Credit Card Dependence – Avoid Using Your Credit Card As Your Crutch

Toronto, Ontario (PRWEB) September 10.2009 – It is easy to lose track of spending, especially when it is done online and using a credit card. Although essential to many of the purchases Canadians make, the ease and comfort of using a credit card may have negative effects on credit ratings, scores and debt-loads. Consolidated Credit offers Canadians advice on smart credit card use to avoid credit card dependence.

Securing hotel reservations, booking vacations, online purchases and security deposits are commonly made using a credit card. With over 63 million credit cards in circulation, Canadians are not afraid to whip out the credit card or several credit cards if need be. The trend of overuse and misuse of credit has now put Canadians in a desperate and complex situation of major delinquency. 500,000 Canadians are late on payments by ninety days or more and personal bankruptcy has risen 51.6%.

With the holiday shopping season just around the corner, it is especially important to develop responsible credit habits. The ease and availability of having a credit card can tempt Canadians into unnecessary spending and push them deeper into debt. ” The best way to avoid incurring unmanageable credit card debt, especially during the holiday shopping season, is to plan ahead. Make a plan, a shopping list, a household budget and set your holiday shopping and spending goals. This will help Canadians keep track of spending and credit card debt under control.” According to Jeffrey Schwartz, Executive Director of Consolidated Credit Counseling Services of Canada Inc.”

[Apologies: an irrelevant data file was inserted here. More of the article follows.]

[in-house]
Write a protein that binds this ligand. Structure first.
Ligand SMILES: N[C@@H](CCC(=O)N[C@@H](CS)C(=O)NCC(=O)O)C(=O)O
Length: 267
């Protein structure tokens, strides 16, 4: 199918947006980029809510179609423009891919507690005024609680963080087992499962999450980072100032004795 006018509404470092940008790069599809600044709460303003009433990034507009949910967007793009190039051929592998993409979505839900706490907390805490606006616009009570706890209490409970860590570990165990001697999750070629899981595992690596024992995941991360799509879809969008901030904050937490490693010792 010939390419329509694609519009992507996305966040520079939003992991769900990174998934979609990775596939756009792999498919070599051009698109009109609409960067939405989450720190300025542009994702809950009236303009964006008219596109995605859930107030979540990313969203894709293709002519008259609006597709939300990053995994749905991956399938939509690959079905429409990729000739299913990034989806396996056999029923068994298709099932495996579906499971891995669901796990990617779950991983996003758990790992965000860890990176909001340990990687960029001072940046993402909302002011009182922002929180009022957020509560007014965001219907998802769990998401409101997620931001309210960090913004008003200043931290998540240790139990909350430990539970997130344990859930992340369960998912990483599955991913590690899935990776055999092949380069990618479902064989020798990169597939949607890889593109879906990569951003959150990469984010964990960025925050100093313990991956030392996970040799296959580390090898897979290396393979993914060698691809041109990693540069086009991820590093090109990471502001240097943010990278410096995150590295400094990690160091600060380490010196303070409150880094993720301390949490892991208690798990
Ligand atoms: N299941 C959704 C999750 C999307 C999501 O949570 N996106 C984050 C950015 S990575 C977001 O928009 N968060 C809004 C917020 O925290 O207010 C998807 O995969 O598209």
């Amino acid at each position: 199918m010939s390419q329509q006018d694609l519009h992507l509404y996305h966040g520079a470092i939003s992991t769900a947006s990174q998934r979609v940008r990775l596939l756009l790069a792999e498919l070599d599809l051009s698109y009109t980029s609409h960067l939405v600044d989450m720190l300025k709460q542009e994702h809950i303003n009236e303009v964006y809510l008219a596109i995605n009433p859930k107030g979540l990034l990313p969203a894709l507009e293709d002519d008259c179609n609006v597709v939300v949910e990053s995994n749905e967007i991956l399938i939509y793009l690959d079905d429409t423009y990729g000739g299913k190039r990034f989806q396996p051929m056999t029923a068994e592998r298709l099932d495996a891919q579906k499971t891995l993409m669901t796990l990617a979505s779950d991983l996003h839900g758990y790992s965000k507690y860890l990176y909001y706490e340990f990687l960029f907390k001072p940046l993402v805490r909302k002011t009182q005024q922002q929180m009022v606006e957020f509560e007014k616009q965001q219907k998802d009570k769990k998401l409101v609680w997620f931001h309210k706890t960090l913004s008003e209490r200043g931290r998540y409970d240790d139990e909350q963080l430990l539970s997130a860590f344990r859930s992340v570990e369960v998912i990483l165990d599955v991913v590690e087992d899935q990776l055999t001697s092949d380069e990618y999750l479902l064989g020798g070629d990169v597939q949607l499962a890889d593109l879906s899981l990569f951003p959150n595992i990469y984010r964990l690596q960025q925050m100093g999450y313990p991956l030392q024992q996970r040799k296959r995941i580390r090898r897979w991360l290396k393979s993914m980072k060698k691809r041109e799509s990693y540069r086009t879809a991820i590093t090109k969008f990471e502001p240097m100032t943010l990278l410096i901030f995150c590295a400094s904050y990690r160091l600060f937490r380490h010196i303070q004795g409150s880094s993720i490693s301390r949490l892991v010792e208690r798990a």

Consolidated Credit offers Canadians tips on avoiding letting the credit card be a crutch:

  • Put away the credit cards: hide all but one credit card, which you should use for emergency purposes only. Use cash instead of credit cards to make your purchases. If you don’t have the money to make a purchase, don’t buy it.
  • Assess your situation: Analyze your current situation. Find out where you stand financially (in terms of payments, credit, assets and liabilities).
  • Set goals: Set short (now to 1 year) and long (1 to 10 years) term goals that will encompass your career and financial goals.
  • Budget: Create a household budget that is true to your income. Include an income / expense / net worth sheets.
  • Seek help: utilize credit counselling services or those of a financial expert, to help you understand the implications of credit card use and misuse.
  • Educate your kids: if they see you using credit cards frequently, they will likely do the same when they grow-up. Show them how to be responsible and teach them by employing the steps above.
  • Plan ahead: set out personal guidelines of what an “emergency” is, and what is a good reason for a credit card purchase.

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